• League table to be published showing trusts’ procurement performance
  • Jeremy Hunt says most trusts can make multimillion pound savings annually through better procurement
  • Data for table compiled through trusts’ use of benchmarking tool

Hospitals have been publicly ranked on the prices they pay for routine goods in a new league table, Jeremy Hunt announced today.

The health secretary said at the NHS Providers conference this morning nearly every trust in England could make “multimillion pound savings” if they followed best procurement practices within the NHS.

Jeremy Hunt

Source: Neil O’Connor

Jeremy Hunt: ‘There is baffling variation in the prices hospitals are paying for supplies’

The table, which has been published by NHS Improvement, names Wrightington, Wigan, and Leigh and Bradford Teaching Hospitals foundation trusts among the top performers.

Mr Hunt said University College London Hospitals FT, Leeds Teaching Hospitals Trust, and Cambridge University FT could save “£10m or more from their annual budgets” by adopting best practice from other trusts.

He said the table includes each trust’s savings opportunity. In a subsequent statement, the DH said the table could lead to annual savings of up to £300m.

The table will initially focus on acute trusts, but the DH aims to roll it out to other sectors. 

Data for the table has been compiled through the Purchasing Price Index Benchmarking tool, which shows the variety of prices paid for products by trusts.

The tool, which was initially funded by the Department of Health, will be paid for by NHS Improvement and all trusts, however only half of providers have so far agreed to fund it.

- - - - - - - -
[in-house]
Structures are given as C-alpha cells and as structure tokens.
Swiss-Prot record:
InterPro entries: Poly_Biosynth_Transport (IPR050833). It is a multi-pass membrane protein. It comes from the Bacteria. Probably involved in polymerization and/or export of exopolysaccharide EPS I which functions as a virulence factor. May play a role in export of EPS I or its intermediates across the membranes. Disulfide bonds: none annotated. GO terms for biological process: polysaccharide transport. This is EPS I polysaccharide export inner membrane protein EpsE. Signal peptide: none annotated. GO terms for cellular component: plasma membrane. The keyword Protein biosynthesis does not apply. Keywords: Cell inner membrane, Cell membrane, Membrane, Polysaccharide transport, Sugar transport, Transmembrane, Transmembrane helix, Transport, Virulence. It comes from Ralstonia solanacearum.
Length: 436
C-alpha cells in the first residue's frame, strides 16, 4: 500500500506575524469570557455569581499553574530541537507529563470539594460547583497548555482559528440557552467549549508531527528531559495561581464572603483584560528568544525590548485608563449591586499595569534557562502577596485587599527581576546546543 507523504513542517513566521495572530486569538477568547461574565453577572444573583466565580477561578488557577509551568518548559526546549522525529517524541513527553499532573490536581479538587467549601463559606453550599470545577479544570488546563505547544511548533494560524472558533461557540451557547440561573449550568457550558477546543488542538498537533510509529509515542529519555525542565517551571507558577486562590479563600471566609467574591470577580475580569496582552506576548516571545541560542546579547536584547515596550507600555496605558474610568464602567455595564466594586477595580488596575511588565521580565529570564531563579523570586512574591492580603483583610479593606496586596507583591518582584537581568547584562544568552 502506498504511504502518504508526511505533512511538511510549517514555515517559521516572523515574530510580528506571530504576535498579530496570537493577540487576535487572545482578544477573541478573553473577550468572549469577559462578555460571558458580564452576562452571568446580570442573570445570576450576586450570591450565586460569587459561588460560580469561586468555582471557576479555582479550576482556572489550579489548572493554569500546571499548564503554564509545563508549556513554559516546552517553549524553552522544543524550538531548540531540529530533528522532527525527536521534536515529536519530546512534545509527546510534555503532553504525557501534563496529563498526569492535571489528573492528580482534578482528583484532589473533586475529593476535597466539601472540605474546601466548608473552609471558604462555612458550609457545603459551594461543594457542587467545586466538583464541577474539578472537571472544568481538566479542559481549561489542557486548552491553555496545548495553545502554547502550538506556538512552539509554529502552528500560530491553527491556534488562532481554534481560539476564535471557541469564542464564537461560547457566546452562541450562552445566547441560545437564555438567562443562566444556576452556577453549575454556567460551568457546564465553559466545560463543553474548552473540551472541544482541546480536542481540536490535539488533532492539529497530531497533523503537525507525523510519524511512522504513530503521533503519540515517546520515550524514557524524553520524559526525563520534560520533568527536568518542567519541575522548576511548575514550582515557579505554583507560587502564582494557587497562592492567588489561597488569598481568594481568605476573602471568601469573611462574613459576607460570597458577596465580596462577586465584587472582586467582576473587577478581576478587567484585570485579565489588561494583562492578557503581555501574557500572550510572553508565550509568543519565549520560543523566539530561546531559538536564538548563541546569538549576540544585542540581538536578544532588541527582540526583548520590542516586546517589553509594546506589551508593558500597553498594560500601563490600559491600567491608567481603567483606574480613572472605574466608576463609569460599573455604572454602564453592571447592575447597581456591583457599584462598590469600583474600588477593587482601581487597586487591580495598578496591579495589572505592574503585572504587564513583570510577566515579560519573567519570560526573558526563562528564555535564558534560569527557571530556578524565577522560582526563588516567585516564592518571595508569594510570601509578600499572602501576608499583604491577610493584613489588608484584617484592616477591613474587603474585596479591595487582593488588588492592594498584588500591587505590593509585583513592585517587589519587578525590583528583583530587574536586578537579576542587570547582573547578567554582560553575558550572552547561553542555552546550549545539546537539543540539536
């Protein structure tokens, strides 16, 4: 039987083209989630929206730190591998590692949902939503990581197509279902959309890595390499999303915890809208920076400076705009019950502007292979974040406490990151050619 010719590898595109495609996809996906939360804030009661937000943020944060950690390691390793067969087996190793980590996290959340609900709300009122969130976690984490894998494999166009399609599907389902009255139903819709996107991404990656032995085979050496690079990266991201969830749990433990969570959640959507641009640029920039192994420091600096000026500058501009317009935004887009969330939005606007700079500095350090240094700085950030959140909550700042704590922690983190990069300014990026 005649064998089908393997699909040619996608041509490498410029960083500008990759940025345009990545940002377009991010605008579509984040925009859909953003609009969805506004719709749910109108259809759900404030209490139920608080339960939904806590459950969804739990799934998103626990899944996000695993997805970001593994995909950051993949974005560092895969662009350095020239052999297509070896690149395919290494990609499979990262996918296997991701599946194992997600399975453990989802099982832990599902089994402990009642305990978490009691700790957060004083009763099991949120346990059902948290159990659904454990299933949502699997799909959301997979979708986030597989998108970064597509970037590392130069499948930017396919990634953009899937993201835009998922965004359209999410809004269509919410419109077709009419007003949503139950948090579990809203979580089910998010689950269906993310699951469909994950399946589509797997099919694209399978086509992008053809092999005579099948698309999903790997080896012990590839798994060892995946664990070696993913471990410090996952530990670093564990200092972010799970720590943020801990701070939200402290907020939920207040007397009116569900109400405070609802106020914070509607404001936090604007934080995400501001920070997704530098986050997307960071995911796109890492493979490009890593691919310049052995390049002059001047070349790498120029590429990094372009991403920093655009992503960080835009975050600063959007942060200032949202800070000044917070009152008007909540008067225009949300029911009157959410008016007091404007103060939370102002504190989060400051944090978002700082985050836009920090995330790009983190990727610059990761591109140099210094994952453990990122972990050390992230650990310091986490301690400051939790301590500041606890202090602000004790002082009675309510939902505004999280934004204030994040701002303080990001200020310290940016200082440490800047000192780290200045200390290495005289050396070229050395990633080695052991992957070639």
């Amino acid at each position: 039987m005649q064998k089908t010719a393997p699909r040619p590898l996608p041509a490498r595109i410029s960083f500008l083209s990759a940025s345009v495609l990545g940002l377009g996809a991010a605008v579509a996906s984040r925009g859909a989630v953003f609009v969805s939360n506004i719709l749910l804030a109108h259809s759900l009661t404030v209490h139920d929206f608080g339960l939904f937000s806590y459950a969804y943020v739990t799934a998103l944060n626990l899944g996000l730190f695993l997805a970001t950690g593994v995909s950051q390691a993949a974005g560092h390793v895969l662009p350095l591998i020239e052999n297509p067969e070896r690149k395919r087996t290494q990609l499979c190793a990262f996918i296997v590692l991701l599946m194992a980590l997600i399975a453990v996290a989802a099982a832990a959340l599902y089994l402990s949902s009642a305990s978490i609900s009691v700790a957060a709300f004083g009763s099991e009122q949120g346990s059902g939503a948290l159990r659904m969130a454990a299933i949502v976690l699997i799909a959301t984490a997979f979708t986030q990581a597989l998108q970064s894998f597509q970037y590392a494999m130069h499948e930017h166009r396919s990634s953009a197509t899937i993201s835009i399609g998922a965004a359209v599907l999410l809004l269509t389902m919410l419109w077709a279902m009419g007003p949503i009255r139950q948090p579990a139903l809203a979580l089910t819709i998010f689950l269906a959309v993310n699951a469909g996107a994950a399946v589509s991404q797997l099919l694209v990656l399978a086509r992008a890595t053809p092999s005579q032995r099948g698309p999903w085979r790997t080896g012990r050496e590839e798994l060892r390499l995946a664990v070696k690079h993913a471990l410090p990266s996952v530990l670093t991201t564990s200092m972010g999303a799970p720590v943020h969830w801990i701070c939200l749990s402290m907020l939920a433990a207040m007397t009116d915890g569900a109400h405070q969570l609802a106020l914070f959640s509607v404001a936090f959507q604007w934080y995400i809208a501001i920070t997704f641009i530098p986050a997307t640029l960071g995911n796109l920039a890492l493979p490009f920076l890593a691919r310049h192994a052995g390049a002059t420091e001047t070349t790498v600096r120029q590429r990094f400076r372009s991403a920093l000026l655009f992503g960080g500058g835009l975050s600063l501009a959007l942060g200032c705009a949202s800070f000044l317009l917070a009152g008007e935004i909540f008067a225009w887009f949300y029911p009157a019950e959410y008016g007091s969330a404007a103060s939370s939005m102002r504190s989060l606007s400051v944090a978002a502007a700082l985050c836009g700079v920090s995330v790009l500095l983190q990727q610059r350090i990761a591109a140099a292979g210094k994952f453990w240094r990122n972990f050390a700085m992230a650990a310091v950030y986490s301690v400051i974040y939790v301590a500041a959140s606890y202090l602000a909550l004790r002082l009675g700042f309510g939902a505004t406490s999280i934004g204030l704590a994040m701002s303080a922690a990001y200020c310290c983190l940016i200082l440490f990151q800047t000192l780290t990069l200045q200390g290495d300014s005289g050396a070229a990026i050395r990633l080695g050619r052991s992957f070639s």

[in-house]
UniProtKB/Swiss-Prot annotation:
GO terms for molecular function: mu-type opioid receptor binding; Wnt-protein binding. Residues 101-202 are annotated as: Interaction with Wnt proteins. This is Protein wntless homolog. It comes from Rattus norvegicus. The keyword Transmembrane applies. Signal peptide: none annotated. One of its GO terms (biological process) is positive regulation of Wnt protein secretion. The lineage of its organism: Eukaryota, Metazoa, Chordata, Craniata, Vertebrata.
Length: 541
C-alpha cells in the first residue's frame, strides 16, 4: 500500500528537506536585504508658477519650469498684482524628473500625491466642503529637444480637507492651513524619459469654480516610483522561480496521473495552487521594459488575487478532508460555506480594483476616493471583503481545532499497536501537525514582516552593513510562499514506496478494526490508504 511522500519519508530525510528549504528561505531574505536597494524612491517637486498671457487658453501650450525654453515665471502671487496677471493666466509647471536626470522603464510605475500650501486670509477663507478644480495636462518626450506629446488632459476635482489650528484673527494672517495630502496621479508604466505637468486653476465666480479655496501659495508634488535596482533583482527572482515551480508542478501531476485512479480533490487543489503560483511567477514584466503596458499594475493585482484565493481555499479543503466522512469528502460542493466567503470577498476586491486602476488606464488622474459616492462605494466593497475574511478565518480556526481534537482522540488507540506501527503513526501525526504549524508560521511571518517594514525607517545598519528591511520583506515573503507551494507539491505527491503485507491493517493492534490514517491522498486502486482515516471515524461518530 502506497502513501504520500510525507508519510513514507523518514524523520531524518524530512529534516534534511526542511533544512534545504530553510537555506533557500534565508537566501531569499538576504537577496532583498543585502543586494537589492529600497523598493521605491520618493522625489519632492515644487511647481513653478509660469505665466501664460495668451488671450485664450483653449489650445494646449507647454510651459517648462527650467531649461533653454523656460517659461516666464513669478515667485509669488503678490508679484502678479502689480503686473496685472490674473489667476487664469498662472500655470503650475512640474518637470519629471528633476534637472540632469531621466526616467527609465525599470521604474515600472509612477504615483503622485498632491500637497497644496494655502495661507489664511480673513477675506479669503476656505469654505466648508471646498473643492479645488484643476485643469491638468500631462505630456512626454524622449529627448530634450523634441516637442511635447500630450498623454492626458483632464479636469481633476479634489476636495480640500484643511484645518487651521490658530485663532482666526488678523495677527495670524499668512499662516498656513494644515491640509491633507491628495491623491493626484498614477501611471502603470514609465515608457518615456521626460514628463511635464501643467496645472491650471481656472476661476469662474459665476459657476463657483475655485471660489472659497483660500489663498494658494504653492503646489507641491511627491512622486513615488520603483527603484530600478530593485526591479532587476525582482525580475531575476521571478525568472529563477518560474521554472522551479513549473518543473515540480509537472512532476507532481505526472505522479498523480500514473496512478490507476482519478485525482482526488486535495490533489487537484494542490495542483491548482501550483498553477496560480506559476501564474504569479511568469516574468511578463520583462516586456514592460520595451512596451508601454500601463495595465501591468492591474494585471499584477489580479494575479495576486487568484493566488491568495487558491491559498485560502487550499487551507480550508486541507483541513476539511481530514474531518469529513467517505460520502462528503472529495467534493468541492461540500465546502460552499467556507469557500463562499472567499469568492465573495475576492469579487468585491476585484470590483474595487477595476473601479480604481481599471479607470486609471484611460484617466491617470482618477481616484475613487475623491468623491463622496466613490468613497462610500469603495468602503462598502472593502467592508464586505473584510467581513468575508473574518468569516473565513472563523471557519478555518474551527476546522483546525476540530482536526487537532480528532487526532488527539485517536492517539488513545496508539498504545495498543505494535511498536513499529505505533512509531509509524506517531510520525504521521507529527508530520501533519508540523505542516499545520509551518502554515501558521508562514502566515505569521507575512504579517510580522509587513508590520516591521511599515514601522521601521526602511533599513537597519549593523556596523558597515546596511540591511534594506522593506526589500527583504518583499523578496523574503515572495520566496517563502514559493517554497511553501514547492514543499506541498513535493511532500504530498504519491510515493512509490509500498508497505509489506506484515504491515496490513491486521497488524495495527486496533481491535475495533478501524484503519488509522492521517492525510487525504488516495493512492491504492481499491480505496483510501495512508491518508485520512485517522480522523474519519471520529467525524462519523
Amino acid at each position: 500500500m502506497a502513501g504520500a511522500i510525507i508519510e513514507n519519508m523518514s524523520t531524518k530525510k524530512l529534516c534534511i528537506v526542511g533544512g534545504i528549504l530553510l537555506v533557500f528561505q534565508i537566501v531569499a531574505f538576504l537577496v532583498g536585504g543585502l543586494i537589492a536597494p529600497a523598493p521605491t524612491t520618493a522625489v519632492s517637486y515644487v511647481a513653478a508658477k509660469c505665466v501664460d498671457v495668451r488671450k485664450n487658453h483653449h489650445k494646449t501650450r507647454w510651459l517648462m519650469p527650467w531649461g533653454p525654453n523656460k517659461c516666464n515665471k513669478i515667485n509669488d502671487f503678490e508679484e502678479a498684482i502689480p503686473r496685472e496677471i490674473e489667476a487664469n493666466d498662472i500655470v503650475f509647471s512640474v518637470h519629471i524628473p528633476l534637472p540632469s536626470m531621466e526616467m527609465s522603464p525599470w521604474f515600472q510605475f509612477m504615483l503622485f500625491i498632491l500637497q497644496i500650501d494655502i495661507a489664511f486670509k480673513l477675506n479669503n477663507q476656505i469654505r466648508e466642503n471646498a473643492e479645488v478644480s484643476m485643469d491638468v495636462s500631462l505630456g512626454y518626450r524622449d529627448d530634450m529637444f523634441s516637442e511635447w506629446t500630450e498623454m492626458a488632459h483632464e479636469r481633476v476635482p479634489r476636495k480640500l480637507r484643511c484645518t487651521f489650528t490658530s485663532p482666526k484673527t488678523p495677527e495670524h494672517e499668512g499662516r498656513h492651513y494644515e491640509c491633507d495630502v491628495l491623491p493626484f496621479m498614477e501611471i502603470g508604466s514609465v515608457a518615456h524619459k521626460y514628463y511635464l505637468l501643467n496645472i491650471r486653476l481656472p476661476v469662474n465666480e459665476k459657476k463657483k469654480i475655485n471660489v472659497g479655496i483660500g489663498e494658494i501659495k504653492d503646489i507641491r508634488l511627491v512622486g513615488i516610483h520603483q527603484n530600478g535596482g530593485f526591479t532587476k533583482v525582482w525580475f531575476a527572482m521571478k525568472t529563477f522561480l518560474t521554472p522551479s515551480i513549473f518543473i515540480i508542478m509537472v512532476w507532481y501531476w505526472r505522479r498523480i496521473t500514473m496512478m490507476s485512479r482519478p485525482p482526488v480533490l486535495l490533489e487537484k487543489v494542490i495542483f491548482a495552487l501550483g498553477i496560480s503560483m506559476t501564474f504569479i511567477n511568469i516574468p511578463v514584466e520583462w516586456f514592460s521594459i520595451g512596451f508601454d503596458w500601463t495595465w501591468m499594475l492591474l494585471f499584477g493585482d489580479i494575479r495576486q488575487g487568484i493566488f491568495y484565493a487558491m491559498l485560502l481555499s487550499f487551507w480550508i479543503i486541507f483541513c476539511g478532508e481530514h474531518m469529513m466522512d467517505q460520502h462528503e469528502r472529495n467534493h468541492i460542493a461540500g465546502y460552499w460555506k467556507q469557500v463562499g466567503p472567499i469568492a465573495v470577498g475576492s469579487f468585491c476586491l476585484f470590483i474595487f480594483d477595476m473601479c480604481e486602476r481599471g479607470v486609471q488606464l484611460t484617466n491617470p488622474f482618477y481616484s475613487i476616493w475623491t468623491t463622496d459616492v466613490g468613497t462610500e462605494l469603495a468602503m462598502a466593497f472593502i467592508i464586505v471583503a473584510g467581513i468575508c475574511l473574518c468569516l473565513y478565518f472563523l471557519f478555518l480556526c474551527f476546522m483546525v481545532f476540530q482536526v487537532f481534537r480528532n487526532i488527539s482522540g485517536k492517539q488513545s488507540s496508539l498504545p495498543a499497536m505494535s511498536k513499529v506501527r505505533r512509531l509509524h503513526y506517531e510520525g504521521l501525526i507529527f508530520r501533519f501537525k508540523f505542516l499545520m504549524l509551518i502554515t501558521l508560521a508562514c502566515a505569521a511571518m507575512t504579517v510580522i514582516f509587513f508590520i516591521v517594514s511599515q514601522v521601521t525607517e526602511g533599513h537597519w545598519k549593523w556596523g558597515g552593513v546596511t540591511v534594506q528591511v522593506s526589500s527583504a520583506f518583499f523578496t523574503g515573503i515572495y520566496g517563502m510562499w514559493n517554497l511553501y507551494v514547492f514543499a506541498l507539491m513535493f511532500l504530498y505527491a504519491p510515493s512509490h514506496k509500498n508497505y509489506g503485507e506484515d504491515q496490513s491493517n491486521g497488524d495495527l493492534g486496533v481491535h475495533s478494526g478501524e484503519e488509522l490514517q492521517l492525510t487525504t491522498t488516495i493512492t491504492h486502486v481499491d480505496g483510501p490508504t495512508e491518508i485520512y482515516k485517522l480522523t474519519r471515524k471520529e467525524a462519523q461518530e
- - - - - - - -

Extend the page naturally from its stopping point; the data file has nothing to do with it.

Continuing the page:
Mr Hunt said: “We have been engaging on a huge exercise over the last four years where all of you have been extremely helpful and supportive to try and understand the prices we’re paying in different parts of the NHS.”

He added: “There is still baffling variation in the prices that hospitals are paying for supplies, with many paying over the odds for the same products sold more cheaply at a neighbouring trust.”

He reiterated the belief that there are potential procurement savings of £1bn per year, and said the NHS is aiming to use its “purchasing weight” to get the lowest prices.

The new league table will be the second attempt to improve procurement benchmarking and transparency in the NHS, following the Atlas of Variation, which was first published in 2014. The atlas attracted criticism from procurement experts who said the data on purchasing was incomplete and flawed.

Mr Hunt also presented a graph drawn from internal estimates produced this autumn by NHS Improvement, which broke down estimated back office savings targeted by the centre.

The potential savings by 2020-21 were in:

  • procurement (£800m)
  • corporate services (£200m);
  • pathology (£200m);
  • medicines management (£800m);
  • estates and facilities management (£900m);
  • e-rostering and job planning (£1.4bn); and
  • Getting it Right First Time (£1.5bn).

Mr Hunt said the list could be described to the NHS as “ask not what your chancellor could do for you, but what you could do for your chancellor”.

  • Article updated at 4.06pm after NHS Improvement published the table.

Tower winners revealed

The Department of Health also confirmed today the providers of six medical procurement “category towers”, following a tender earlier this year, as part of changes to the way the NHS buys goods and services.

As HSJ reported last month, the NHS Collaborative Procurement Partnership has won three towers, while DHL Supply Chain has also won three – with one being run in partnership with Oxford Academic Health Science Network and private company Vizient, called Health Solutions Team.

The towers are:

  • NHS CPP: sterile interventions equipment and associated consumables; orthopaedics, trauma and spine, ophthalmology; rehabilitation disable services, women’s health and associated consumables.
  • DHL Supply Chain: infection control wound care; ward based consumables.
  • Health Solutions Team: cardiovascular, radiology, audiology and pain management.